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Stem cells offer hope for diabetics


4 Star

Stem cells offer hope for diabetics

Our Review Summary

The story describes the use of adult stem cells to help control type 1 diabetes.   The story provides absolute benefits (with some cautionary statements that these are preliminary) found in this small trial in 15 patients.  However, the story gives no information about what type of study these results are based on (randomized trial or other), and while it does point out some of the study limitations, like study size and length of follow-up, it isn't entirely clear what this should mean to viewers.  The story also does not mention any harms of the new treatment, and given that it is described as "gentle chemotherapy," it's hard to believe there would be no side effects or harms.  And with the short follow-up, it isn't clear what long-term harms this may have.  


Does the story adequately discuss the costs of the intervention?

Not Satisfactory

The story doesn't mention costs of this new treatment.

Does the story adequately quantify the benefits of the treatment/test/product/procedure?


The story does quantify benefits, e.g. 13 out of 15 patients were able to stop taking insulin.  And even though these results look promising at first glance, the story provides cautionary statements that these are just preliminary results. 

Does the story adequately explain/quantify the harms of the intervention?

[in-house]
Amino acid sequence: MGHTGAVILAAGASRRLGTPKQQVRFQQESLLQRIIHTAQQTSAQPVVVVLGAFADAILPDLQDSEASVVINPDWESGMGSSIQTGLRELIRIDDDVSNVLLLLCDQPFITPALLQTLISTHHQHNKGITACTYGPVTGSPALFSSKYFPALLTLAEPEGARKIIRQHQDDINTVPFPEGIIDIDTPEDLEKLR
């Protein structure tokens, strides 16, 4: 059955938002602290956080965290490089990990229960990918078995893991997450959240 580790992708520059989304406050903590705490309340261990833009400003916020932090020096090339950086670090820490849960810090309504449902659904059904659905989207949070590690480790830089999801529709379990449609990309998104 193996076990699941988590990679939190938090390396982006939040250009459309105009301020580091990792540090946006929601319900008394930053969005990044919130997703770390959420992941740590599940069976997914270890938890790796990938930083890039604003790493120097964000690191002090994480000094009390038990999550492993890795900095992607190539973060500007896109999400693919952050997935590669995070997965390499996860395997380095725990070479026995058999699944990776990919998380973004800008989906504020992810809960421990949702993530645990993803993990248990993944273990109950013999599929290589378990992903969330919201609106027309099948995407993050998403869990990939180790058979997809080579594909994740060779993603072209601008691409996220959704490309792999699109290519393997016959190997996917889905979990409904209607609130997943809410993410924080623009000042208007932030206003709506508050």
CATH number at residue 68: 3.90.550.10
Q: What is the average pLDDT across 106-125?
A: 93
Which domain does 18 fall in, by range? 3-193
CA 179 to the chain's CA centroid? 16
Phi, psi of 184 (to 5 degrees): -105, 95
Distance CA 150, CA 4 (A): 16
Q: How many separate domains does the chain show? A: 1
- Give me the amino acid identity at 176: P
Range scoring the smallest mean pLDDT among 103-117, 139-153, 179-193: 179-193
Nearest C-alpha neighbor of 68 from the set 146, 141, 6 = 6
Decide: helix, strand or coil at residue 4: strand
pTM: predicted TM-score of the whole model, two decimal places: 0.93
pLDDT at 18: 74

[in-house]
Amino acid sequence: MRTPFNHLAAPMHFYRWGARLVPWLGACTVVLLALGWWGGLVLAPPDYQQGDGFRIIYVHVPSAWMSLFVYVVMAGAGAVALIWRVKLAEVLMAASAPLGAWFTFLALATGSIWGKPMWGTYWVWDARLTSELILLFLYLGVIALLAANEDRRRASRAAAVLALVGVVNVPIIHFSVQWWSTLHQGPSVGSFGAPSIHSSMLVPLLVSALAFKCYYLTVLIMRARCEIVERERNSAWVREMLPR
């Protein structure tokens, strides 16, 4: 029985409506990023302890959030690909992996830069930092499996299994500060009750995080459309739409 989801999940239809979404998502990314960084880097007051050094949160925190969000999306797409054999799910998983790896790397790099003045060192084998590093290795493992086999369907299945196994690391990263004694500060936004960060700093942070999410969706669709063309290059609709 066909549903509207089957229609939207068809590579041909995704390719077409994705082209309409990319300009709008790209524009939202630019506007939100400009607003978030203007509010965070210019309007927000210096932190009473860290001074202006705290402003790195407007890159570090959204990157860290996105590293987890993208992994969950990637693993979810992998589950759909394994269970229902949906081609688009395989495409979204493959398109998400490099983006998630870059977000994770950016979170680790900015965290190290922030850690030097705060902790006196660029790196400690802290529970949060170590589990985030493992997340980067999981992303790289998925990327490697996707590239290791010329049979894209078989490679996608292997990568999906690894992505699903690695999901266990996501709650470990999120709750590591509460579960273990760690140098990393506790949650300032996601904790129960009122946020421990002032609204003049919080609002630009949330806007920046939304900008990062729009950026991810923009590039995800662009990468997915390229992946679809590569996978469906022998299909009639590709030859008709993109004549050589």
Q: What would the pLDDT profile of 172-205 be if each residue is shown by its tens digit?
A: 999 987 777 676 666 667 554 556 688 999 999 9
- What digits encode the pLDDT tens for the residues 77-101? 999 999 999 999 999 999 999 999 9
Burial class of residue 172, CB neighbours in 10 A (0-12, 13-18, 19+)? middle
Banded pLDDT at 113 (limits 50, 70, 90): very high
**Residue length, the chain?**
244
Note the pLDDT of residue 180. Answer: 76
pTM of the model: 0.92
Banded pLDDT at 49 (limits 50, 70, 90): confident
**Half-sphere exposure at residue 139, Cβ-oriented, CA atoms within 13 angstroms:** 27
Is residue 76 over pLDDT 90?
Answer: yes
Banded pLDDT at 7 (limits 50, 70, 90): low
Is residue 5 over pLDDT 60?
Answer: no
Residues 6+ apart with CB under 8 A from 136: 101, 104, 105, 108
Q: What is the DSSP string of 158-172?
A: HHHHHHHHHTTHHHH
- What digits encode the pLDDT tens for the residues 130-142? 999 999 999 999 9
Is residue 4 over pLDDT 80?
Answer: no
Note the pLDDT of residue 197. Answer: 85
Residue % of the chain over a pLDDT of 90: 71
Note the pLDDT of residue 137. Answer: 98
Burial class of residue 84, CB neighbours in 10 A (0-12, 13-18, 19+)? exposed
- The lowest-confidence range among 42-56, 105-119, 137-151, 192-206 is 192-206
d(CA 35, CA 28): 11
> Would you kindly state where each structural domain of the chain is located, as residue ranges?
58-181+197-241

Not Satisfactory

The story does not mention any harms of the new treatment whatsover, including no mention of how serious these harms were or how frequently they occurred.  

Does the story seem to grasp the quality of the evidence?

Not Satisfactory

The story does not state what the evidence is for the findings, e.g. a randomized trial or something else.  The story does discuss some limitations, such as the small number of people in the study and the relatively short follow-up length.   But if a network is going to report on a trial in only 15 patients, it should provide a better sense of the quality of the evidence.  

Does the story commit disease-mongering?


The story points out the estimated number of people with this type of diabetes (type 1) and contrasts that with how many people have type 2 (significantly more), giving viewers a sense that this treatment may not help the majority of people with diabetes.   

Does the story use independent sources and identify conflicts of interest?


The story quotes two experts – one of whom was apparently not involved in the study.   

Does the story compare the new approach with existing alternatives?


The current standard therapy for type 1 diabetics is briefly discussed, e.g. daily insulin injections. 

Does the story establish the availability of the treatment/test/product/procedure?


The story tells readers that the new treatment is still experimental and this treatment appears to have been used for the first time in a recent research study.  One physician is quoted saying the idea "is not ready for prime time" so viewers should know they can not turn to their local doctor to have this treatment. 

Does the story establish the true novelty of the approach?


The story mentions this is the first time this treatment (adult stem cells) has been used to control type 1 diabetes (although the story states adult stem cells have been used to treat leukemia). 

Does the story appear to rely solely or largely on a news release?


Since the story quoted two expert sources – and one of them was apparently not involved in the research – it is safe to assume the story did not rely solely or largely on a news release. 

Total Score: 7 of 10 Satisfactory


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